And this leads me to a very important point I feel I must make. Donaldson’s writing style for these novels in particular is not for everyone. The Land and its citizens are ornate and love their lore and the very nature of storytelling. Donaldson’s use of language is both immersive and off-putting. I found it necessary to put ample time away in order to approach these complex books. Some critics say they’re hard to read, and indeed some passages are long and detailed, so it’s best not to approach these tired or cranky. They are, however, complemented by some stunning actions scenes that take up entire chapters. It’s not just the fate of the characters or the Land that is at stake, it’s the nature of Time and the Universe, too. Lord Foul’s ultimate ambition is to undo Time and bring darkness throughout all existence. The last book of the Chronicles, The Last Dark, is a 550 page race against the clock, and is truly stunning in its resolution. Covenant’s atrocious crime from book one still has a price to exact, one that must be paid in full. The circle must be complete in order for justice to be served. It’s only right.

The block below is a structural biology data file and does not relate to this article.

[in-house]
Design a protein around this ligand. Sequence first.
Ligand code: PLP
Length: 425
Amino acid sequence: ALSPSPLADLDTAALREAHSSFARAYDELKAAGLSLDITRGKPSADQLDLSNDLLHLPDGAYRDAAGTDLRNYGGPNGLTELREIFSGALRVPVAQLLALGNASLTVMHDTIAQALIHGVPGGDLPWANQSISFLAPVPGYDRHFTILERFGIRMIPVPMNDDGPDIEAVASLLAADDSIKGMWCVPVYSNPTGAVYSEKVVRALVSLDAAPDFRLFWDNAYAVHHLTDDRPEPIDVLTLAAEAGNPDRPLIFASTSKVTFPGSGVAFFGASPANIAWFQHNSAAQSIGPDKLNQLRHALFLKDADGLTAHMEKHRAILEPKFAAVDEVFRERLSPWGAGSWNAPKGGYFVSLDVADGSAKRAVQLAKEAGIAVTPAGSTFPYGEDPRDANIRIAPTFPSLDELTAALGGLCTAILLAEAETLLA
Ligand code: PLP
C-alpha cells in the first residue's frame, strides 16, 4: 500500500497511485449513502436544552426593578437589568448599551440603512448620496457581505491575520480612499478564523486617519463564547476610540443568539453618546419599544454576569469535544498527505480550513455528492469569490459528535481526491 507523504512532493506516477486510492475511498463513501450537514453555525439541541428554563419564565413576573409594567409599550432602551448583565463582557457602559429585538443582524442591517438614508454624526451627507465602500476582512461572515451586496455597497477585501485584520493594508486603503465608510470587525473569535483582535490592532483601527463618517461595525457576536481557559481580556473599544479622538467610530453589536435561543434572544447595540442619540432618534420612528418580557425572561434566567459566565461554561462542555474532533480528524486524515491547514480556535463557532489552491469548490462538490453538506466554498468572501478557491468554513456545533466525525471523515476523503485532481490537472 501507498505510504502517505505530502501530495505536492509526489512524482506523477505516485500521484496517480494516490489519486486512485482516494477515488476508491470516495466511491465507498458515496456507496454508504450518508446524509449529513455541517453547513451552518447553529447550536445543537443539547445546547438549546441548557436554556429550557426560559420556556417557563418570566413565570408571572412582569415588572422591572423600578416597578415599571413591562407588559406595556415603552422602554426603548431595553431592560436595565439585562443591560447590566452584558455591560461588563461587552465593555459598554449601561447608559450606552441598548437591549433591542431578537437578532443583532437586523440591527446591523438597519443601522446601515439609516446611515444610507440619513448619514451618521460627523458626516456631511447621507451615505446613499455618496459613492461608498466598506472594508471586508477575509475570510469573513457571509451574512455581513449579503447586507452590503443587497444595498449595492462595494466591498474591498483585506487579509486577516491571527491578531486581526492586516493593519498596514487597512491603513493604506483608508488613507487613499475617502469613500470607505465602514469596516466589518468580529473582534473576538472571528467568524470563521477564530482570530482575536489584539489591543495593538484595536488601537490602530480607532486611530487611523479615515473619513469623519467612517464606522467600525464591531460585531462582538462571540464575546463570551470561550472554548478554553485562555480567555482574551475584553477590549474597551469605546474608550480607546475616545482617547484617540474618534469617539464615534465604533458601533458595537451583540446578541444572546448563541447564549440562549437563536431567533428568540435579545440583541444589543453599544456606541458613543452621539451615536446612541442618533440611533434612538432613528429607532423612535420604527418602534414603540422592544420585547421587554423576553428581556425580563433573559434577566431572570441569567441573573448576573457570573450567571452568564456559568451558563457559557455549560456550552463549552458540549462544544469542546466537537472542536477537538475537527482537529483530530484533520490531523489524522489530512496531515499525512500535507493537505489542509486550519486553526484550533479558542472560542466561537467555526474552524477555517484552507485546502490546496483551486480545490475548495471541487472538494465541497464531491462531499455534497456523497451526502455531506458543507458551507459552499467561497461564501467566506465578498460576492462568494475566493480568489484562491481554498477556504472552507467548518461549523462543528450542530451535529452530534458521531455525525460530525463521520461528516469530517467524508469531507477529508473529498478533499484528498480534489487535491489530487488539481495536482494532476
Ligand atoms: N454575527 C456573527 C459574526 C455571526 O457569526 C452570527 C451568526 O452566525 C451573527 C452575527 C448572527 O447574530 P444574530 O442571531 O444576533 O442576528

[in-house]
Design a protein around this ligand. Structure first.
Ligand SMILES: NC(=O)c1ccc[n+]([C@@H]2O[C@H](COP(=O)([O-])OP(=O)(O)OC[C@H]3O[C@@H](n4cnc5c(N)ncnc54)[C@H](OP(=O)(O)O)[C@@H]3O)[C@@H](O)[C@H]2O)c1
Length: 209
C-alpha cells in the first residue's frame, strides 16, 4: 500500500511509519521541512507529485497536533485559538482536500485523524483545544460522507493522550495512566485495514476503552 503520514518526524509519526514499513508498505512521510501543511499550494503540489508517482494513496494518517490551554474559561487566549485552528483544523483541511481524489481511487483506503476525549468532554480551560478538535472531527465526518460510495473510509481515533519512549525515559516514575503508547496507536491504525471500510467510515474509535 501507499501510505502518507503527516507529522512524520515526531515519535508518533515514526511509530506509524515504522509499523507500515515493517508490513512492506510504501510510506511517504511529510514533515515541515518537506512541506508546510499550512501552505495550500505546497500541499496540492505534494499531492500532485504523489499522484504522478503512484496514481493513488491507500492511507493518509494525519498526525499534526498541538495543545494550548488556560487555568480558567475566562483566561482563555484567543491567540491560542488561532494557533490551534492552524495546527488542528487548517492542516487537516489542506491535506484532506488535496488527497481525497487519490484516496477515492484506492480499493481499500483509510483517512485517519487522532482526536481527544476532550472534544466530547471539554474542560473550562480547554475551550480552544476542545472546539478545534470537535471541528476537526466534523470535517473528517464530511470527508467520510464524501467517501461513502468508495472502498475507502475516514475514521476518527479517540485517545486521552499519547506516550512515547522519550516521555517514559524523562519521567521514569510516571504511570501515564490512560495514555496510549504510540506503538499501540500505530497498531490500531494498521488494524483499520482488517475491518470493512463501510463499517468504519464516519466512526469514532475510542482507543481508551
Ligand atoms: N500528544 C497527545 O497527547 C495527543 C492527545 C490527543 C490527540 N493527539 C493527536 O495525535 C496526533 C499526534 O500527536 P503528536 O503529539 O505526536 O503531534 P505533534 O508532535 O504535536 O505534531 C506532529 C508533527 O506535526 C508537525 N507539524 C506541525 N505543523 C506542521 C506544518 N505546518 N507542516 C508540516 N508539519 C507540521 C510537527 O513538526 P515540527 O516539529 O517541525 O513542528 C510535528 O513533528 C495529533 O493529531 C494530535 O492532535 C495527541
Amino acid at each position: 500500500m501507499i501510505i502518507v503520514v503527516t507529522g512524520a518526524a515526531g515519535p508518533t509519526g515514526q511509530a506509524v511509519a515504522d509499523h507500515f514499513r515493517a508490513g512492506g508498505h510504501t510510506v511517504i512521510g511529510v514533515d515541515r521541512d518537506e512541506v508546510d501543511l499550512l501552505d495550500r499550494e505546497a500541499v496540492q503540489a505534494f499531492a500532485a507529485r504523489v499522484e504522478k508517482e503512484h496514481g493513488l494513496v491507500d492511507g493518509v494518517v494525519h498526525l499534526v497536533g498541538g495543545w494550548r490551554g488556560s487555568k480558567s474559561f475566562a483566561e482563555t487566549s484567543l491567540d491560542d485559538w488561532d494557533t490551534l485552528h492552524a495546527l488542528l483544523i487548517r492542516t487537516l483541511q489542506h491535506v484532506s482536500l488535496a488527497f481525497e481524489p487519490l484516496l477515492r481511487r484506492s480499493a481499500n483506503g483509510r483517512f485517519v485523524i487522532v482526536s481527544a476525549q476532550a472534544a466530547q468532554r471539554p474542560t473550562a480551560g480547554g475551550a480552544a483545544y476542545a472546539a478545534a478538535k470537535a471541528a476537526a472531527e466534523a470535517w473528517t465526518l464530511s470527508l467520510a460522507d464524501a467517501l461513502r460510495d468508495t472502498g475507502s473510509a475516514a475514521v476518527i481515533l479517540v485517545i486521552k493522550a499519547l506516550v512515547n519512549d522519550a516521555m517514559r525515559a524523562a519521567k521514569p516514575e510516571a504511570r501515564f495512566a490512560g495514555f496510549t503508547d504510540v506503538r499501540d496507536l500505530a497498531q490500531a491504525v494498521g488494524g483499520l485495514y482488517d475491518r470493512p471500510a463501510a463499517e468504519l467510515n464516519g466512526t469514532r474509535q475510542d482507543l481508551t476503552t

But it is not just about the story; it’s about the Land and all who live in it. Not only are the Giants the real heroes on show here, but the haruchai, a race of warriors that shun magic and weapons but take pride in prowess and stamina, offer the Unbeliever their hard-earned support, and without these and other races, Covenant and Avery would have a chance of defeating Lord Foul. All ten books in the series contain wild magic, victories, defeats, betrayal, death and rebirth; hope where there should be none; love where there really isn’t time; and healing, because that’s what we all need, no matter where we live.
Donaldson continues to write fantasy fiction. He’s two books into another epic saga, The Great God’s War. I’ve read the first one and enjoyed it, but it’s going to take something special to usurp Covenant and the Land from the top of my list.